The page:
Sixteen-year-old Trinity Monsour wants nothing more than to live a normal life. But that isn't as easy as it seems. Trinity is different. She is special. She sees visions, and for those she's seen, it's already too late.
Trinity arrives on her aunt's doorstep in New Orleans with virtually no knowledge of her mysterious heritage. She begins settling into life at a new school and even starts making friends. But all too quickly her dreams accelerate; twisted, terrifying visions of a girl locked in a dark room. And when the head cheerleader, Jessica, goes missing, Trinity knows she has no choice but to step forward with what she's seen.
But people believe that Trinity has information about Jessica's disappearance not because of a dream, but because she is involved. She is kind-of dating Jessica's ex-boyfriend, Chase, and Jessica did pull a nasty prank on Trinity. Revenge seems like the likeliest scenario.
Nothing prepares Trinity for the dark odyssey that ensues while searching for Jessica, including the surprising romance she finds with Chase, or the shocking truths she learns, not just about the girl who has gone missing, but the past that has been hidden from her.
About the Author
Ellie James believes in dreams and destiny. A graduate of the LSU Manship School of Journalism, Ellie has been writing as long as she can remembering, with tragic poems and tender stories giving way to mystery, adventure, and a fascination with the unexplained. Currently, Ellie resides with her husband and two children in Texas.
Read an Excerpt
Shattered DreamsA Midnight Dragonfly Novel
By Ellie James
St. Martin's GriffinCopyright © 2011 Ellie James
All right reserved.
“I heard this place is like … haunted.”
Stepping around a huge old oak, I lifted my flashlight … and saw the house. Everyone else kept tromping through knee-high weeds, but something held me there, totally still, while Spanish moss slipped against my face.
The abandoned Greek Revival rose up against the moonlit sky like something ripped straight from the picture book my grandmother used to keep on her coffee table. Surrounded by seriously old trees and nearly covered by vines, it was big and boxy, with massive columns and wide porches. Once the place had probably been white. Even at night I could tell that. But now it was dirty and worn out. Tired.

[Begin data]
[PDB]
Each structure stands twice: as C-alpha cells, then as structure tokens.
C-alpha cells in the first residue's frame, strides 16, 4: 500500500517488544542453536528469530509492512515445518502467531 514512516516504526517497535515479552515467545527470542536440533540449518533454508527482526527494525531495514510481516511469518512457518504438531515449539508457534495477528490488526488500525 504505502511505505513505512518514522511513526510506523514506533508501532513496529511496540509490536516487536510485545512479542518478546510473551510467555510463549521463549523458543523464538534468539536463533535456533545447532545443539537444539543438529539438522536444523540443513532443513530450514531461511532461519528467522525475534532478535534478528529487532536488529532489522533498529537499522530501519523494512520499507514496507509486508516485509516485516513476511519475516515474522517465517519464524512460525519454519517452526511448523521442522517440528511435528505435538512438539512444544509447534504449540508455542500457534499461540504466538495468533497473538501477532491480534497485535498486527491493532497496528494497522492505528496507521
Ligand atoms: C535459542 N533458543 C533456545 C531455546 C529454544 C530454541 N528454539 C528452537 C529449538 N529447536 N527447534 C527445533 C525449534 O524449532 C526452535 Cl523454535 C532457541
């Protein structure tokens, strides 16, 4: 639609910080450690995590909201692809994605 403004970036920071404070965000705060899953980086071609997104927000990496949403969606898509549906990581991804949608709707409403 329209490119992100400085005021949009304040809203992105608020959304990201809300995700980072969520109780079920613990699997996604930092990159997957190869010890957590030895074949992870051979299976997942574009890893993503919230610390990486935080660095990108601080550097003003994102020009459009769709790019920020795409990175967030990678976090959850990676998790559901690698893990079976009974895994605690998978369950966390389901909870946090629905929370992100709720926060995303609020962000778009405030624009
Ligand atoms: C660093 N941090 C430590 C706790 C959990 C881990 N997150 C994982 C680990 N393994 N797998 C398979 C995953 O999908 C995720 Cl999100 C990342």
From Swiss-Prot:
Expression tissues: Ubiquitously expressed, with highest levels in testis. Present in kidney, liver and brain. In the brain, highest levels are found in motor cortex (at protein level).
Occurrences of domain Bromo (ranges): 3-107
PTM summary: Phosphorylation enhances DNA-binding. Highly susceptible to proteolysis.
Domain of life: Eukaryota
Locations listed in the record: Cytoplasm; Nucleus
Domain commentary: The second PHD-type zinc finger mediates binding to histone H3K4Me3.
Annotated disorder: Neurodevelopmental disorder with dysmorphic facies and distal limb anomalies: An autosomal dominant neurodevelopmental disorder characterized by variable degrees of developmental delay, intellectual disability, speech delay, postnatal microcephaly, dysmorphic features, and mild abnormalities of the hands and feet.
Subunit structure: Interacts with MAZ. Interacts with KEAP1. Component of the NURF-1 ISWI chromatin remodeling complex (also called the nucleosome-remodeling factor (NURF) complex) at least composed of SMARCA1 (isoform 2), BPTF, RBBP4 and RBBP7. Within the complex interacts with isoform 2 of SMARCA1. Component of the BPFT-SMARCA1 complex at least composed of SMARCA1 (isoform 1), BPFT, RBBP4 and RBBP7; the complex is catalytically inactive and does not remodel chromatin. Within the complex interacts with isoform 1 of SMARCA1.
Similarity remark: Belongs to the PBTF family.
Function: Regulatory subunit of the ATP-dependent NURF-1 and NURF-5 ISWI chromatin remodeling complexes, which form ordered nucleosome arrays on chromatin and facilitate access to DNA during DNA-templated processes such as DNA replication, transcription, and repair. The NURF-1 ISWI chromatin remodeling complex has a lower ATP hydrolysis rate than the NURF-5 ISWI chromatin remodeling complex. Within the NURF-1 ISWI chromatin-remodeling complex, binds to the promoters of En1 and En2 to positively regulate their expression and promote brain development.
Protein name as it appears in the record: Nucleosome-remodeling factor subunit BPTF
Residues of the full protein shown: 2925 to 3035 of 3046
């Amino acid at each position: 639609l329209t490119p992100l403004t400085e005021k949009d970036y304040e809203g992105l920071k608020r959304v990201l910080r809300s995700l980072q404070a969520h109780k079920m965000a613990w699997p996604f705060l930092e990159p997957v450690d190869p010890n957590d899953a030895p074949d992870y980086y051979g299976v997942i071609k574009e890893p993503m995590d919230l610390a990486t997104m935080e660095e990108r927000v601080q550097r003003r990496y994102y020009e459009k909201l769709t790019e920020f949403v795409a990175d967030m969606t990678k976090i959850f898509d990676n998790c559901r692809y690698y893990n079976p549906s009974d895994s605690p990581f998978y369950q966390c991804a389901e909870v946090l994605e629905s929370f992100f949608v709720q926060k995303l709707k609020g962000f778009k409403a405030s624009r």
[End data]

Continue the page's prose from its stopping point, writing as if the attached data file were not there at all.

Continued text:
It was an odd word, but there you go. Alone. The old place with its dark windows and peeling siding looked like it was …
A warm breeze blew off the river, but I hugged my arms around myself as I watched them—Jessica, the stupidly beautiful cheerleader; her way-too-skinny best friend Amber; Jessica’s little sister Bethany; and the guys: Chase, the quarterback (and my chemistry lab partner); Drew, who rarely said more than two words at a time; and the massively tattooed Pitre—making their way toward a broken window. They weren’t that far away, but they might as well have been in another state.
At the steps leading to the porch, Jessica swung back to me. She was the one who’d invited me to tag along. “What’s the matter, Trinity? You’re not scared, are you?”
My throat tightened. I wasn’t scared. That wasn’t the right word. Just … uneasy.
“Just taking it all in,” I said, forcing my legs to move. Beneath my flip-flops I felt stuff crunch. I didn’t want to know what.
Amber made it to the window before she turned back. “Last year,” she said, her eyes glowing, “these two seniors came here—”
“Amber!” Jessica shot her friend a shut-up look. “What are you trying to do? Make her leave?”
That would be a yes. I was the new kid, after all. On the first day of school when the teacher had said Trinity Monsour, everyone had turned to stare at me, obviously sizing up the new girl. Being from Colorado made me an outsider, but at least I looked like I belonged. With long dark hair and dark eyes, skin my grandmother called olive, a T-shirt and low-rise jeans, I could have been Jessica’s twin.
But still. Starting a new school junior year pretty much sucked.
“Leave?” Amber said. “No way.” And with that she slipped into the darkness beyond the broken window.
Two of the guys—Drew and Pitre—followed. Jessica waited until I reached the big bushes obscuring the porch before taking Chase’s hand and tugging him toward the darkness. Bethany shot me a nervous look, but followed anyway.
I recognized the voice as belonging to Amber. Sidestepping broken glass, I reached the tall window and lifted my flashlight, looked inside. They all stood there, waiting.
There was that word again. Waiting.
And with it my throat tightened.
Or maybe that was because of what I saw behind them, neat little piles against the far wall. Ashes.
“Of course,” I said against a slap of warm air. Until New Orleans, I’d never known air could be so thick. Breathing was hard enough, but my hair! It had been straight in Colorado. Here it was a frizzy mess. My aunt kept saying I would get used to it, but I think she was just saying that.
She does that a lot, tells me I’ll get used to things. But I’ve seen that look she gets in her eyes, the worry.
“Then what are you waiting for?” Through a mass of perfect, coffee-colored ringlets, Amber’s smile looked more like a smirk. “Want Chasey to hold your hand?”
Jessica’s eyes narrowed, invisible claws coming out for the thousandth time since she’d discovered her boyfriend and I were chemistry partners. Just because we had an out-of-class assignment—
But that was another story.
She eased closer to him, inserting herself between him and me. Through the play of shadows his eyes met mine anyway, forcing me to look down at an empty fast-food bag trapped by a rock.
I so knew he was taken.
I also knew I did not want to go into that house. Everything inside of me screamed for me to stay right where I was. But I rubbed my palms against the amazing Rock Revival jeans I still couldn’t believe Aunt Sara had bought for me, and stepped to the broken window.